“Hold the rabbit food, please.” This became somewhat of my brother’s mantra at age 9. Anytime a salad was offered, vegetables were dinner’s side, or even if he was asked if he would like lettuce and tomatoes on his burger, he was sure to let it be known that this “rabbit food” was not welcome on his plate. I have observed time and again that my parents were by no means alone in dealing with this health-food-related stubbornness, and I’m sure that if you are a guardian of a child you have experienced a similar dilemma.
Most parents and guardians experience this same issue and most are still asking, “How do I get my kid to eat healthy foods?” An article published by the Journal Law, Medicine, & Ethics explores this question, and suggests several solutions to instilling healthy eating habits from a young age. Here is a summary of their findings:
- Introduce new foods several times. This study found that food needs to be “offered to preschool-aged children ten to sixteen times before acceptance occurs.” The more a child sees a new food, the less intimidating it will become.
- Force feeding doesn’t work in the long run. It was recorded in this article that children that were encouraged to taste food at introductions became more accepting of these foods later on, while children that were forced to eat certain foods grew stronger in their contempt for that food as they grew older.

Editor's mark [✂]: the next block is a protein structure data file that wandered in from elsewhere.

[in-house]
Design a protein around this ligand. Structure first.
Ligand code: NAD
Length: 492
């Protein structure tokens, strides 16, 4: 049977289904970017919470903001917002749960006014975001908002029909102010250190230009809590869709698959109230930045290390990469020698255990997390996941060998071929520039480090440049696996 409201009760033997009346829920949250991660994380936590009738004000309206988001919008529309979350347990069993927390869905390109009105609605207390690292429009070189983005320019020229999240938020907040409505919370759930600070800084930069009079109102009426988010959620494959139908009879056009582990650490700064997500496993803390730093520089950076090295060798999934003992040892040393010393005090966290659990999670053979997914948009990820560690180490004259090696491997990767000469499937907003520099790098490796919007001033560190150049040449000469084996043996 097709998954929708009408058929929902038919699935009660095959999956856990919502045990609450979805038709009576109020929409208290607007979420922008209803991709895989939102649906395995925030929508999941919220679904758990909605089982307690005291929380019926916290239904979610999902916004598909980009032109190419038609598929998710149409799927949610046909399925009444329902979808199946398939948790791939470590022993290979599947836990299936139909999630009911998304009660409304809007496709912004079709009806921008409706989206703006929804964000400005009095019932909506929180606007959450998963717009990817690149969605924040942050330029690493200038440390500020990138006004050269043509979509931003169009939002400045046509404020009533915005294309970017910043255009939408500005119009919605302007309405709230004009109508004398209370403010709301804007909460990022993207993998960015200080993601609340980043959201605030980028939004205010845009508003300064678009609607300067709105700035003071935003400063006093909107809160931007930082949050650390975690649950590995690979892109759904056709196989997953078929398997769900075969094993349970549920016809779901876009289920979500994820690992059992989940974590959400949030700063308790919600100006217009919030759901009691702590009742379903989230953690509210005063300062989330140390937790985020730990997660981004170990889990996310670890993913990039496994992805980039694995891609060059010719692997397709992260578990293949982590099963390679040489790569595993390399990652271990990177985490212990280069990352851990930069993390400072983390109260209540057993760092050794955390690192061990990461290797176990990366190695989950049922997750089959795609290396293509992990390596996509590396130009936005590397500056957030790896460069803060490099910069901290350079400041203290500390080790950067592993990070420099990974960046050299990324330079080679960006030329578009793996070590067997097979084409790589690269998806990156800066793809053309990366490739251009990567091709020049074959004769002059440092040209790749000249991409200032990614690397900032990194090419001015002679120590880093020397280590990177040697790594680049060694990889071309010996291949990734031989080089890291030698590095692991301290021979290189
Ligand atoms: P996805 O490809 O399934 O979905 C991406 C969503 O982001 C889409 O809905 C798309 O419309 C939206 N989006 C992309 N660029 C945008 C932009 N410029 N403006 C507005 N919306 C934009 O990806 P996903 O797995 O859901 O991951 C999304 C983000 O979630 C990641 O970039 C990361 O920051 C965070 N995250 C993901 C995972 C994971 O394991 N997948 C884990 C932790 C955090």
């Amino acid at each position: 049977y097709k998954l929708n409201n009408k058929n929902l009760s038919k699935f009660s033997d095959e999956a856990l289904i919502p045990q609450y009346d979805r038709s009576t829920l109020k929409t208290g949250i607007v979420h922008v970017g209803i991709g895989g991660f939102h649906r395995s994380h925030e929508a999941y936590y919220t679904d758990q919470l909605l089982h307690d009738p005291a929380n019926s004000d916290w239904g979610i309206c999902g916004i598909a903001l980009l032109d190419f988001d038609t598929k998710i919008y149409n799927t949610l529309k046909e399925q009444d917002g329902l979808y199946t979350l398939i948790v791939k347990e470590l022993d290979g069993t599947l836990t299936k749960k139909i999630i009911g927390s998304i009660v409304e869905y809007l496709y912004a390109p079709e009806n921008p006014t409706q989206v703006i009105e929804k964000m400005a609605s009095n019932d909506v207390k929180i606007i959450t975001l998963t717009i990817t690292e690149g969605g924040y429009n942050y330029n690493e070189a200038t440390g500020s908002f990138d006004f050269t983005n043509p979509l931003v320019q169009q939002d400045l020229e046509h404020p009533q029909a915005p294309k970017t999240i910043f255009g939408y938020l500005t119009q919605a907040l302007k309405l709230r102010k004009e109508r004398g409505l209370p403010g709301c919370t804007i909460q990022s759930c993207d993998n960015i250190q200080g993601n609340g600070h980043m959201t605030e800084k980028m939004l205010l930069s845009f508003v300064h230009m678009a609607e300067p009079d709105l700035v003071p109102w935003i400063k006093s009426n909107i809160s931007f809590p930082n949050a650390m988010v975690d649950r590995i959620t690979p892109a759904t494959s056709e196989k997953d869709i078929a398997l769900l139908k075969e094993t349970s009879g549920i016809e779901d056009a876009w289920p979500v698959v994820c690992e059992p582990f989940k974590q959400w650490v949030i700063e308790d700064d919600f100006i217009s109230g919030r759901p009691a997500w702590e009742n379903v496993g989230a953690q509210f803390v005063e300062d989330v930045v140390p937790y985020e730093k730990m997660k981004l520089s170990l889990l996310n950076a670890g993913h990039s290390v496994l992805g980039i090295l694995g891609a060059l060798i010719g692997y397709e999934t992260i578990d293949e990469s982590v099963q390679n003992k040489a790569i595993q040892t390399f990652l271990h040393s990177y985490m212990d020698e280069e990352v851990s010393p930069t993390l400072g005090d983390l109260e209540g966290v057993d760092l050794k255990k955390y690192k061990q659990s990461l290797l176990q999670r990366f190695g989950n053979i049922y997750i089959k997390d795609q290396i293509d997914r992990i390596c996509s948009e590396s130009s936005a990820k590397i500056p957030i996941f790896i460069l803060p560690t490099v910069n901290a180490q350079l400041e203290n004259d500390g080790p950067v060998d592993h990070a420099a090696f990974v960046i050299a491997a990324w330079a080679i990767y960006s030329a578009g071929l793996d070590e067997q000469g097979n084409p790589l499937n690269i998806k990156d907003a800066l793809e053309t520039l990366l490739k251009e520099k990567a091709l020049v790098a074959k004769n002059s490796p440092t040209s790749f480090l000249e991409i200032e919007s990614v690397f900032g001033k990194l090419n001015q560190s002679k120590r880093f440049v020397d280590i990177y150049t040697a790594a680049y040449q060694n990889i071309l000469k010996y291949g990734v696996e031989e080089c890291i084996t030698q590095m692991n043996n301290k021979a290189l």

- Set the example! This was referred to in the article as “parent modeling.” It showed a correlation between young children seeing their parents eat certain foods and the kids themselves consuming those foods.
So there is no ‘easy’ fix to the problem of getting kids to eat healthy, but it can all start with you! Introduce them to new foods often and you might be surprised with what they eat as they get older. A healthy lifestyle can be instilled at a young age, and the parents and guardians of the world can help start that flame. If you would like for your kids to get even closer to healthy foods, look at the sneak peek on this newsletter to see how you can join us at the farm to learn about how healthy food options are made.
REFERENCE: Savage, Jennifer S., Jennifer Orlet Fisher, & Leann L. Birch. Parental Influence on Eating Behavior: Conception to Adolescence. Journal of Law, Medicine & Ethics. (2007) Retrieved from: https://www.ncbi.nlm.nih.gov/pmc/articles/PMC2531152/